Women's Monologues in Shakespeare's

All's Well That Ends Well

Search:
Character First Line Act & Sc pdf
Helena
O! were that all. I think not on my father

hide
O! were that all. I think not on my father;
And these great tears grace his remembrance more
Than those I shed for him. What was he like?
I have forgot him: my imagination
Carries no favour in 't but Bertram's.
I am undone: there is no living, none,
If Bertram be away. It were all one
That I should love a bright particular star
And think to wed it, he is so above me:
In his bright radiance and collateral light
Must I be comforted, not in his sphere.
The ambition in my love thus plagues itself:
The hind that would be mated by the lion
Must die for love. 'Twas pretty, though a plague,
To see him every hour; to sit and draw
His arched brows, his hawking eye, his curls,
In our heart's table; heart too capable
Of every line and trick of his sweet favour:
But now he's gone, and my idolatrous fancy
Must sanctify his reliques. Who comes here?
One that goes with him: I love him for his sake;
And yet I know him a notorious liar,
Think him a great way fool, solely a coward;
Yet these fix'd evils sit so fit in him,
That they take place, when virtue's steely bones
Look bleak in the cold wind: withal, full oft we see
Cold wisdom waiting on superfluous folly.
I i 41
Helena
Our remedies oft in ourselves do lie,

hide
Our remedies oft in ourselves do lie
Which we ascribe to heaven: the fated sky
Gives us free scope; only doth backward pull
Our slow designs when we ourselves are dull.
What power is it which mounts my love so high;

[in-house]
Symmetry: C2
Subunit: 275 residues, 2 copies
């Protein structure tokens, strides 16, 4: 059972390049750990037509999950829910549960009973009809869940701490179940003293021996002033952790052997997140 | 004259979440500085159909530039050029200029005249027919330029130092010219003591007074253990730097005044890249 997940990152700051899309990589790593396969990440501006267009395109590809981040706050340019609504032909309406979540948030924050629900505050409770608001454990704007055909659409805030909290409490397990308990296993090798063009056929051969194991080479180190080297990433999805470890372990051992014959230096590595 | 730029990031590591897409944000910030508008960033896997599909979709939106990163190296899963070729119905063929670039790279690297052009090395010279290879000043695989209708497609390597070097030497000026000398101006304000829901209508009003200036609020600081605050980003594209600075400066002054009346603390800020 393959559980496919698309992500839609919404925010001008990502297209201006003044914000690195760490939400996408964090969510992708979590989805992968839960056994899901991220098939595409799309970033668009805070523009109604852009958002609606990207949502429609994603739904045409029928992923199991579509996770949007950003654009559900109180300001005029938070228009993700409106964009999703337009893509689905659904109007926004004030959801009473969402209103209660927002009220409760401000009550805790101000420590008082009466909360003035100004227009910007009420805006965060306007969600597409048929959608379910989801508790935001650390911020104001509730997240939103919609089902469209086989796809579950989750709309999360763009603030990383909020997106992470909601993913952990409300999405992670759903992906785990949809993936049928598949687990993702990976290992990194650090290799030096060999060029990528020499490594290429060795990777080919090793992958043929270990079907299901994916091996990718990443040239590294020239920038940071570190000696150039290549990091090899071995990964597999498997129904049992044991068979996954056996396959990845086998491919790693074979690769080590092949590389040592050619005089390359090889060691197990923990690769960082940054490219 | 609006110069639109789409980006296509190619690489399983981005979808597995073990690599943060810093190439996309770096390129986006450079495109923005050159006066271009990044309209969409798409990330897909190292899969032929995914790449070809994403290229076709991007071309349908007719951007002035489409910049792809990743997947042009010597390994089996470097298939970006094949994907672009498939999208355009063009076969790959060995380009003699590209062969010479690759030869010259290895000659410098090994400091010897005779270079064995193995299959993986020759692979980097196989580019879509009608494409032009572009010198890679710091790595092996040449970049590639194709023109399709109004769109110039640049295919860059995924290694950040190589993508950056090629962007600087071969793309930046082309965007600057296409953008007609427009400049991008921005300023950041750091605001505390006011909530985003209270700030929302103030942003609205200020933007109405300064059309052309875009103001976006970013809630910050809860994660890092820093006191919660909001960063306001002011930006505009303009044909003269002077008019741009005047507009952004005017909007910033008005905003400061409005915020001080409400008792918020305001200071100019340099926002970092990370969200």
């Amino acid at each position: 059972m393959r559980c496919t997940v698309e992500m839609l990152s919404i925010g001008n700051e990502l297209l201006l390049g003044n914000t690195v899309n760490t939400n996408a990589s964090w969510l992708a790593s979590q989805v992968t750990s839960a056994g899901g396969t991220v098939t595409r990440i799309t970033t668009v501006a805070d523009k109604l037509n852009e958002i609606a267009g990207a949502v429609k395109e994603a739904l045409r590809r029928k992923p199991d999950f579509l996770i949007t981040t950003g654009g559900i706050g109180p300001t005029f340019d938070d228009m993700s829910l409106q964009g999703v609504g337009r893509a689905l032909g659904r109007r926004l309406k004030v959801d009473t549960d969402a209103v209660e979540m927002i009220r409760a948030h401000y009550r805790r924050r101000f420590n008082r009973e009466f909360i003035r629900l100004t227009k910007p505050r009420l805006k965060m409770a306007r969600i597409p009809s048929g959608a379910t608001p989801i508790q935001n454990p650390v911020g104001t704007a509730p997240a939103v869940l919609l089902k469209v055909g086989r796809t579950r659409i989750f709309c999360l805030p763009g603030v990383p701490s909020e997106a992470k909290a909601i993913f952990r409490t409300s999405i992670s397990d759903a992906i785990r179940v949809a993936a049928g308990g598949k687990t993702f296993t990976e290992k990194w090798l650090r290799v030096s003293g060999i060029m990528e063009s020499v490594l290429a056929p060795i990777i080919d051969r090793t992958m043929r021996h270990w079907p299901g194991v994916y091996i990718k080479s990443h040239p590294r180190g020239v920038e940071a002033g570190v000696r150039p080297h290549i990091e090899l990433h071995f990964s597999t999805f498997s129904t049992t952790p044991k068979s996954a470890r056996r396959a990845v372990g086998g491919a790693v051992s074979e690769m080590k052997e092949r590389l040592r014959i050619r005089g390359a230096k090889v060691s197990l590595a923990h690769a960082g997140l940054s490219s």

That makes me see, and cannot feed mine eye?
The mightiest space in fortune nature brings
To join like likes, and kiss like native things.
Impossible be strange attempts to those
That weigh their pains in sense, and do suppose
What hath been cannot be: who ever strove
To show her merit, that did miss her love?
The king's disease, --my project may deceive me,
But my intents are fix'd and will not leave me.
I i 121
Countess
If ever we are nature's, these are ours; this thorn

hide
If ever we are nature's, these are ours; this thorn
Doth to our rose of youth rightly belong;
Our blood to us, this to our blood is born:
It is the show and seal of nature's truth,
Where love's strong passion is impress'd in youth:
By our remembrances of days foregone,
Such were our faults; or then we thought them none.
Her eye is sick on't: I observe her now.
I iii 41
Helena
Then, I confess, Here on my knee, before high heaven and you

hide
Then, I confess,
Here on my knee, before high heaven and you
That before you, and next unto high heaven,
I love your son.
My friends were poor, but honest; so's my love:
Be not offended, for it hurts not him
That he is lov'd of me: I follow him not
By any token of presumptuous suit;
Nor would I have him till I do deserve him;
Yet never know how that desert should be.
I know I love in vain, strive against hope;
Yet, in this captious and intenible sieve
I still pour in the waters of my love,
And lack not to lose still. Thus, Indian-like,
Religious in mine error, I adore
The sun, that looks upon his worshipper,
But knows of him no more. My dearest madam,
Let not your hate encounter with my love
For loving where you do: but, if yourself,
Whose aged honour cites a virtuous youth,
Did ever in so true a flame of liking
Wish chastely and love dearly, that your Dian
Was both herself and Love; O! then, give pity
To her, whose state is such that cannot choose
But lend and give where she is sure to lose;
That seeks not to find that her search implies,
But, riddle-like, lives sweetly where she dies.
I iii 111
Helena
"Till I have no wife, I have nothing in France."

hide
'Till I have no wife, I have nothing in France''
Nothing in France until he has no wife!
Thou shalt have none, Rousillon, none in France;
Then hast thou all again. Poor lord! is't I